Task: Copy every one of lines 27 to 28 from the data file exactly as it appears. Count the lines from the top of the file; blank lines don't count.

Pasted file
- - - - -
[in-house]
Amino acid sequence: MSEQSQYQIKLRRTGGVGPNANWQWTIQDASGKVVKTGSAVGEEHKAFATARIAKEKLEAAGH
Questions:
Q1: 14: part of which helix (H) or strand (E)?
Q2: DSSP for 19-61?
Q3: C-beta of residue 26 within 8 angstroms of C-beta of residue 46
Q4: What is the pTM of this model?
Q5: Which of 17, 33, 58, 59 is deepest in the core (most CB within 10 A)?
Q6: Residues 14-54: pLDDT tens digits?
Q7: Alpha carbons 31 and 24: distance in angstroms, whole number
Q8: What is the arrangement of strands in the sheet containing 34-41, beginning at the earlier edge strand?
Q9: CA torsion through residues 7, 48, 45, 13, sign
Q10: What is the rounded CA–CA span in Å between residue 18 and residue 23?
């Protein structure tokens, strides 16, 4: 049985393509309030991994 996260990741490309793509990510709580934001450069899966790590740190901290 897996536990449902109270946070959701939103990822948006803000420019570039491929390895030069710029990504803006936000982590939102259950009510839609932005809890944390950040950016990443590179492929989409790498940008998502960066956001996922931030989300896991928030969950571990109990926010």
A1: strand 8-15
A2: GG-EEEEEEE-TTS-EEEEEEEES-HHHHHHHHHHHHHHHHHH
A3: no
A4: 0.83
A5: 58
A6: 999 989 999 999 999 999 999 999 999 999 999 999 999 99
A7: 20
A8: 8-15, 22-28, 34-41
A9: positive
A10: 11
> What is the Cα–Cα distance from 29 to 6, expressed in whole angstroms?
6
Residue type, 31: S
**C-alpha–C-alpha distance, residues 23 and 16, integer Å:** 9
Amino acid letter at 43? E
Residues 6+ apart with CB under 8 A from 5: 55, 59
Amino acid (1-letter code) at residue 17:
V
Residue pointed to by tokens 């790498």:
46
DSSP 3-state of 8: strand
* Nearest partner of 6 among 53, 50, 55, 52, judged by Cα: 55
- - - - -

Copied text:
Residue type, 31: S
**C-alpha–C-alpha distance, residues 23 and 16, integer Å:** 9